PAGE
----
Founding members of the new Youngsville Historic Society are interviewing lifelong residents to piece together the growing city's history.
Their memories paint Youngsville as a quaint, close-knit village of sugarcane farmers who used horses and buggies to traverse the area's gravel roads.
"Our life was just the village," said Lola David. "That was all we knew."
David, 89, opened Youngsville's first public library, which was just two rooms in her house that she filled with books. She moved, with her books, 22 years later to a building across from city hall that served as a more traditional library.
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During a Monday interview at Beehive Homes of Youngsville, David and other residents of the assisted-living facility shared stories like this.
"All of them separately mentioned to me something like this, 'We liked Youngsville small, and it took us a long time to get used to having all these people moving in,'" said Glenda Bryan, president of the Youngsville Historic Society. "The change was a little bit hard for them, and they're really happy that we're trying to preserve the history."
Youngsville has evolved in recent years from a small community of sugarcane farmers to a destination for young families. Just 2,617 residents lived in Youngsville in 2000 compared to 14,184 residents in 2019, according to data compiled by the Lafayette Economic Development Authority.
It was the rapid development that inspired Bryan to start the historic society.
"When I moved here in 2008, it was all sugarcane fields," Bryan said. "And it's changed so much just in 11 years that it made me realize that if we don't get histories and stories and photos of Youngsville's past, it's going to be lost."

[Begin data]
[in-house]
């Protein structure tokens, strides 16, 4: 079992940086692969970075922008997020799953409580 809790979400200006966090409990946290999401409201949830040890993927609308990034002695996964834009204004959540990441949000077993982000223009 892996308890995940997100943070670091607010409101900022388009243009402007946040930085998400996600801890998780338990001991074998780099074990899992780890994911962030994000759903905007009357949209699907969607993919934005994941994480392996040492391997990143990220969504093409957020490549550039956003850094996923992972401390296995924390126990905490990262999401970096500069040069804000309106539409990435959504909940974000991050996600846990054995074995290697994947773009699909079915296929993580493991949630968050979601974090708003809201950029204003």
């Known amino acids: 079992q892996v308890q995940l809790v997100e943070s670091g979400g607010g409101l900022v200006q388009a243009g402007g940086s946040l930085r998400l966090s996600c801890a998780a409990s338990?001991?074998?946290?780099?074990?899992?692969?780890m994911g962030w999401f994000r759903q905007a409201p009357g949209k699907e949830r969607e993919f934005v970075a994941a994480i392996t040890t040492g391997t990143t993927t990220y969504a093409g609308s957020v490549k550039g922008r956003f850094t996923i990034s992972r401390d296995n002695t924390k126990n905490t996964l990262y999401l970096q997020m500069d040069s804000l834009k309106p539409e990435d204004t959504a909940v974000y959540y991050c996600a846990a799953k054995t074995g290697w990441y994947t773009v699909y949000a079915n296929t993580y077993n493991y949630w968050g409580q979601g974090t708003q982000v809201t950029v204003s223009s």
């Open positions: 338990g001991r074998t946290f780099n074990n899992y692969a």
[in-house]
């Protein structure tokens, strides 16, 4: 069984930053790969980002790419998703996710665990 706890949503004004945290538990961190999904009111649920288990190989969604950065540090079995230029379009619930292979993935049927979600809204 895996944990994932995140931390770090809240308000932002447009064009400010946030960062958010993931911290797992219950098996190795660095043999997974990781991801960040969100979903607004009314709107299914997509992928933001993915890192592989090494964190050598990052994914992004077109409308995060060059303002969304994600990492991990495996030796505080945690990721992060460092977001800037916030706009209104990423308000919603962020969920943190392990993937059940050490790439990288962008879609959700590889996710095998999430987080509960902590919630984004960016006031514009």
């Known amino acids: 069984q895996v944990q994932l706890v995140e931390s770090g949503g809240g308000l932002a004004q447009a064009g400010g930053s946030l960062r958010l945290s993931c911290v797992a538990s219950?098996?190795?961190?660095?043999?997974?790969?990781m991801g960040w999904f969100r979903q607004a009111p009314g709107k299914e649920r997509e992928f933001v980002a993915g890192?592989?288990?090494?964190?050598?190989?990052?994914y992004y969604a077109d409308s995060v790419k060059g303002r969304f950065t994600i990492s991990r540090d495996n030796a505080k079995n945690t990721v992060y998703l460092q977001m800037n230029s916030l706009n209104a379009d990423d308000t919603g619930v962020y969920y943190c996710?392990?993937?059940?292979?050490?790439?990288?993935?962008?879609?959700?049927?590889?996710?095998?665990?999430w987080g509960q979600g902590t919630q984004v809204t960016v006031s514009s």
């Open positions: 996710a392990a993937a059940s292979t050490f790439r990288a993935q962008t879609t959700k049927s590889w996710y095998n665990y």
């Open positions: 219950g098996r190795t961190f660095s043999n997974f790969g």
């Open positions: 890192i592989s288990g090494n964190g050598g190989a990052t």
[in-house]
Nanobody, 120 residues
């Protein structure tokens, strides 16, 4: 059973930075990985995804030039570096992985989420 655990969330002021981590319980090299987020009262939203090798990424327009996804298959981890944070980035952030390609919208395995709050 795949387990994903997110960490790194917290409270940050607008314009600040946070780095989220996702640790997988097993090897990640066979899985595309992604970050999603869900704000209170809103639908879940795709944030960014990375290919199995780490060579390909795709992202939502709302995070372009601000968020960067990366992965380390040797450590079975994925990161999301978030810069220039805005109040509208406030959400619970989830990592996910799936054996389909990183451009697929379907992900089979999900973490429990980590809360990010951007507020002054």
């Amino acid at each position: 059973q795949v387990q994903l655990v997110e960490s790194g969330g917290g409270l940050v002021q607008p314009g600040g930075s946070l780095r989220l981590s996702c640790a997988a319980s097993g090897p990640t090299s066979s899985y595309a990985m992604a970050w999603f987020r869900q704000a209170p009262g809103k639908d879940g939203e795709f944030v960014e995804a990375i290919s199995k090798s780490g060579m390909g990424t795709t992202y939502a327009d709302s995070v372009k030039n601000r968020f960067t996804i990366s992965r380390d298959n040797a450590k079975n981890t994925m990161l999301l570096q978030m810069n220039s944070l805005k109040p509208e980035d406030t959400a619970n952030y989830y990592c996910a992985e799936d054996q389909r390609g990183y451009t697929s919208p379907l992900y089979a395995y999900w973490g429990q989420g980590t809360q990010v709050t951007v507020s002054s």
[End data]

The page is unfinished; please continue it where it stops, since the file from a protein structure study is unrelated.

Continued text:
Residents of the Beehive fondly remembered the Festival of Beauties, country Mardi Gras celebrations and big Sunday dinners.
They said there were only a handful of cars in the village, which were reserved for the doctors and taxi drivers. They only went to Lafayette three times a year — to shop for Easter, Christmas and the start of the school year.
They played at the haunted cemetery at Cade Plantation and woke up early to listen to the songs black people sang on their way to work at the sugar mill. Years later, in 1969, they would all stand outside in their pajamas to watch the Youngsville Sugar Company burn to the ground.
But above all else, the residents remembered Youngsville being home to a prisoner of war camp during World War II. The camp was located in the area where Foster Memorial Park is today.
"We were completely surrounded by sugarcane," David said. "Therefore, this is why the government sent the German prisoners here."
POWs were often sent to rural communities like Youngsville during the war to fill labor shortages in fields and mills.
"They were sent here during the war to help the farmers," Nell Morvant Vallot, 87, said. "So we had a lot of them marry the guards from here. I remember that very well."
David remembers blackout curtains in their home and curfews. She remembers teachers, including her own mother, manning stations in the village where they would use binoculars to look for planes.
"Teachers would do this free of charge," David said. "They didn't charge for this."
The Youngsville Historic Society has interviewed about seven people so far and plans to continue interviewing residents to learn about the city's past.
Bryan hopes to learn more about the railroad that used to run through Youngsville and the history of the community when it was called Royville. The United States Postal Service asked village leaders to pick a new name in 1908 because mail carriers kept mixing up letters meant for Rayville, a town in the northeast region of the state.
The Youngsville Historic Society plans to use the interviews, photos and other artifacts to create an interactive display at the new Youngsville municipal complex, which construction is set to begin on later this year.
Anyone interested in learning more about the new historic society can contact Bryan at 337-251-3216.